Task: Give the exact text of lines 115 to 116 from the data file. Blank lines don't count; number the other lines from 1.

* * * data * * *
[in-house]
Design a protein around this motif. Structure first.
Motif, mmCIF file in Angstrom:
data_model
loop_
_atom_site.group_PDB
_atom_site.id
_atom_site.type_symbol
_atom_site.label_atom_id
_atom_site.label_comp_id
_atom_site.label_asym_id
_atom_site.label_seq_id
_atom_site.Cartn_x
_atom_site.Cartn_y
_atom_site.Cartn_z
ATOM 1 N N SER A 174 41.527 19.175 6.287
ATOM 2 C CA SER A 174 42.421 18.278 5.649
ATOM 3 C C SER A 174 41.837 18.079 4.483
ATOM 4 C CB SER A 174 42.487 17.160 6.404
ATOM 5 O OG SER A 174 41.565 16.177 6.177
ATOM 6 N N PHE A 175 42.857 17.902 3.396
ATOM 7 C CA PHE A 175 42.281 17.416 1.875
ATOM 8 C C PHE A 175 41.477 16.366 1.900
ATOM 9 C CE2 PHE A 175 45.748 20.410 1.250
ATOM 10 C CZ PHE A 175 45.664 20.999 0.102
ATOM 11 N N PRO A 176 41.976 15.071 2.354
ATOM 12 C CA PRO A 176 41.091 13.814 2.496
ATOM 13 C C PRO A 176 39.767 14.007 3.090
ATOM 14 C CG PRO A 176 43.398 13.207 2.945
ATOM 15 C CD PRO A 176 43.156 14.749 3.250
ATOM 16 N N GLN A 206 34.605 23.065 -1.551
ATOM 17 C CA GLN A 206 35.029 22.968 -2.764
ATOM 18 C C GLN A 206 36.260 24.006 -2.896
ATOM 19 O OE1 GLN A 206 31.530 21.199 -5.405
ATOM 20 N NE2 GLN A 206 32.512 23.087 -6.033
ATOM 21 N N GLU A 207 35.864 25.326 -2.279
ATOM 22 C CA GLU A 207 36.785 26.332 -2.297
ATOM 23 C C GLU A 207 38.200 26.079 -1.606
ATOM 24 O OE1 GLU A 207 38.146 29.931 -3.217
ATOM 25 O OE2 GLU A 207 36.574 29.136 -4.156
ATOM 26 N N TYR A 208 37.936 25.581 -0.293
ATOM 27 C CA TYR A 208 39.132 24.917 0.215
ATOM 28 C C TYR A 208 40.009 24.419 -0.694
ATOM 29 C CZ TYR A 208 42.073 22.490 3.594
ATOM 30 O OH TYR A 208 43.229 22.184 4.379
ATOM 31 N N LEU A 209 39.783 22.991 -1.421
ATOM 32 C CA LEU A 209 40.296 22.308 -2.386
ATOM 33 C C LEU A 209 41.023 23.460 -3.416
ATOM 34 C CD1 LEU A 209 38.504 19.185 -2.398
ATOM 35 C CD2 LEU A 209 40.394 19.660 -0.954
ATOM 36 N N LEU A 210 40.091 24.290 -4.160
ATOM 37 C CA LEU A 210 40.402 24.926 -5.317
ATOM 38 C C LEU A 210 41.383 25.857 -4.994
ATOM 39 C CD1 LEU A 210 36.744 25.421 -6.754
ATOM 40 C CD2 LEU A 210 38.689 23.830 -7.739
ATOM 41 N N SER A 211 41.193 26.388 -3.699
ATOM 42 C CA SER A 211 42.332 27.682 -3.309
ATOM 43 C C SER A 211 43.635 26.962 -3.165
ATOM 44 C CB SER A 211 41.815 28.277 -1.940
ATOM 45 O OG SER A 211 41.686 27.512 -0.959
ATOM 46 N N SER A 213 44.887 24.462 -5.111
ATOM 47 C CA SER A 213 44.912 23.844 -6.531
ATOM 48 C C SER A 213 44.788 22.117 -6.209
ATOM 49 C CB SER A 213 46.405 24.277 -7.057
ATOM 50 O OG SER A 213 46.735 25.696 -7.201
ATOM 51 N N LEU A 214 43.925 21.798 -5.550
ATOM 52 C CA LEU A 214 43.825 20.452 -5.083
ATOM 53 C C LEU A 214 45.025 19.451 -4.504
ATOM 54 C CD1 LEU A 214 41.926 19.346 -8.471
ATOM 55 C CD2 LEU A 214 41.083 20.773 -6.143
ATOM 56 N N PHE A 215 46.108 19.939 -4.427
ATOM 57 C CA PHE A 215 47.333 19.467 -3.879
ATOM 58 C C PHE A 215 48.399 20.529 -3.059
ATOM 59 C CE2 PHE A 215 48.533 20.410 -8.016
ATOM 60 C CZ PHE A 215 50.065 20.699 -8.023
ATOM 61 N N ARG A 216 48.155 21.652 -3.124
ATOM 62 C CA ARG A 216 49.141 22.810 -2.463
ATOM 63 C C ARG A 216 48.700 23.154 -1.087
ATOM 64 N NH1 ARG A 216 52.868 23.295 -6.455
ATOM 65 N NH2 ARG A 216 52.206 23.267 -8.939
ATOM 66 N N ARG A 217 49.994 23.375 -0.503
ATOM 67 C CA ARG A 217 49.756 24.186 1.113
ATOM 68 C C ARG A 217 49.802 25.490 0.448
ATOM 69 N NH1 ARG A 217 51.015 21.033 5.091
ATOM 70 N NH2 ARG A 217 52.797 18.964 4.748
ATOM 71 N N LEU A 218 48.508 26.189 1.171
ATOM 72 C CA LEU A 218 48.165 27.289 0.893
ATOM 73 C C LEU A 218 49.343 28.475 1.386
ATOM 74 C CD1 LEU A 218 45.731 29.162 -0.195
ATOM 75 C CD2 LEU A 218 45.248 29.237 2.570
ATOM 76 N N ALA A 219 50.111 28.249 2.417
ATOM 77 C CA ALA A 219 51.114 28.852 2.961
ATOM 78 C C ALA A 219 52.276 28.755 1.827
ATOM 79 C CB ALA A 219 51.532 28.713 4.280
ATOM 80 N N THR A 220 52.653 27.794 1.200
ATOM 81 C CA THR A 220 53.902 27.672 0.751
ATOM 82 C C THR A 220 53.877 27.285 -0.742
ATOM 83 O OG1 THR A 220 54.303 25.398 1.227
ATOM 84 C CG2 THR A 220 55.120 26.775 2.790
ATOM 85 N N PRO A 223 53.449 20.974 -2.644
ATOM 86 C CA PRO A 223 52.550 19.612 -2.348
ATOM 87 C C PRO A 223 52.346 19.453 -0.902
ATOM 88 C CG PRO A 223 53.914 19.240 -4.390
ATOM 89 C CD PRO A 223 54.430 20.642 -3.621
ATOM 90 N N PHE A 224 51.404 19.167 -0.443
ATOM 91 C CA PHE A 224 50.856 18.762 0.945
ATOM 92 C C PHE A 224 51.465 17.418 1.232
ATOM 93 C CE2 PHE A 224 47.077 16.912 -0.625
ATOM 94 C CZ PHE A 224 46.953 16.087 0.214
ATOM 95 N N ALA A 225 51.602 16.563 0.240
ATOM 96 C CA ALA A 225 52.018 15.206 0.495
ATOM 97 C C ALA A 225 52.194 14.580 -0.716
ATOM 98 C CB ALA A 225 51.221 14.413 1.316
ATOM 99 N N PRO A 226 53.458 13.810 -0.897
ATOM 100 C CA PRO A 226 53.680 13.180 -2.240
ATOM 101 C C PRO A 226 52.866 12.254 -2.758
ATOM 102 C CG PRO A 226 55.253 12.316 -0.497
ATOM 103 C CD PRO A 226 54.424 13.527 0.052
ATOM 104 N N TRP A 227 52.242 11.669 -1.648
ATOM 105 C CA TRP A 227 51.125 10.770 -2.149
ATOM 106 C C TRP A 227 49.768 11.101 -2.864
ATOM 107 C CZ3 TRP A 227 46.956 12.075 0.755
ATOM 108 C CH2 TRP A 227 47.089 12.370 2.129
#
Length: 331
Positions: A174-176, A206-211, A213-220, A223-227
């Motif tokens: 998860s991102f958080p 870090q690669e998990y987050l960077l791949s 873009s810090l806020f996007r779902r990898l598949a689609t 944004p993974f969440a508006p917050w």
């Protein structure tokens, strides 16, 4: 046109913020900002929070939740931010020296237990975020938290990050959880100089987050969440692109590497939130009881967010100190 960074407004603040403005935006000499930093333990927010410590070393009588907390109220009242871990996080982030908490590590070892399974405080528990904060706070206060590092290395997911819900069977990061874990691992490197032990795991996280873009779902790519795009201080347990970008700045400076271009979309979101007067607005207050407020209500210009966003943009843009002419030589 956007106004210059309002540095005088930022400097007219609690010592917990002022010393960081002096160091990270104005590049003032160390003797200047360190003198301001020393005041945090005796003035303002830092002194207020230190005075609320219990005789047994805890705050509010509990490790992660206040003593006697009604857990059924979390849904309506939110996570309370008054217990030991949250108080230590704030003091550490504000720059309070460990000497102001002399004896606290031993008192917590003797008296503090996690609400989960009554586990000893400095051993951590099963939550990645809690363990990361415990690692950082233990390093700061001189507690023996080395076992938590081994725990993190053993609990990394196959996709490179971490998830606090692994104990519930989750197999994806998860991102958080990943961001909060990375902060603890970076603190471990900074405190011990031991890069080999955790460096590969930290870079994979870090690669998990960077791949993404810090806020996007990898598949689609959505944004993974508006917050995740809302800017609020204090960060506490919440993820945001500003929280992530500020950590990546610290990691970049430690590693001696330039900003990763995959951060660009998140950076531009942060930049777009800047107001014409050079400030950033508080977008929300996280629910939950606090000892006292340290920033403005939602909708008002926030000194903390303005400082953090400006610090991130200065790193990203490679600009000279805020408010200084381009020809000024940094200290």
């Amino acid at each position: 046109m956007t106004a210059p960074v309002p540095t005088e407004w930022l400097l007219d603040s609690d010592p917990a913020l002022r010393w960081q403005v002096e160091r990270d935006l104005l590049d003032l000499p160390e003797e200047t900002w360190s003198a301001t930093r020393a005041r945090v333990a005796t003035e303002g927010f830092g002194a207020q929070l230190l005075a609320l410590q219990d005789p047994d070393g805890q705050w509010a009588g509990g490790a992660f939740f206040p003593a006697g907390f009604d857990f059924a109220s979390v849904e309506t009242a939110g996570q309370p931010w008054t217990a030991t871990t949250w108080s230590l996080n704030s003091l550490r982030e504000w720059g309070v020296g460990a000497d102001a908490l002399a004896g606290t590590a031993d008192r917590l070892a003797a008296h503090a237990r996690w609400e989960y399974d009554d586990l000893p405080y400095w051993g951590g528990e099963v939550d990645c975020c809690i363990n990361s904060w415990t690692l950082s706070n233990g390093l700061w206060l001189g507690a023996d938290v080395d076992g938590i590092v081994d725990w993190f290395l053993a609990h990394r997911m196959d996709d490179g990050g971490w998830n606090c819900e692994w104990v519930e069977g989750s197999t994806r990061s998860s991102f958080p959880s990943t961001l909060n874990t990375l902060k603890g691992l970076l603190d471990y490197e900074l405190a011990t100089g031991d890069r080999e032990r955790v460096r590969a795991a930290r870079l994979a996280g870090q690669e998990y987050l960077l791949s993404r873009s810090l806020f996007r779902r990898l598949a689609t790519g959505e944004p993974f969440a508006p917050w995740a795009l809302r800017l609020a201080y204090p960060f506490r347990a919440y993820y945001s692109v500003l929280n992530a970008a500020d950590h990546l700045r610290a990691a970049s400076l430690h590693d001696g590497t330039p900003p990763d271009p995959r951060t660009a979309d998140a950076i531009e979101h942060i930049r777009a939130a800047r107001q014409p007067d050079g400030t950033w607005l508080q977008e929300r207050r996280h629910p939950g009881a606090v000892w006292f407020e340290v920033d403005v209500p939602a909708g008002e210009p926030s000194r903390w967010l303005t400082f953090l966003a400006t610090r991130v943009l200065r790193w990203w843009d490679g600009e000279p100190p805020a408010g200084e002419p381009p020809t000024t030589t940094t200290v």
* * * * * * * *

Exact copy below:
ATOM 100 C CA PRO A 226 53.680 13.180 -2.240
ATOM 101 C C PRO A 226 52.866 12.254 -2.758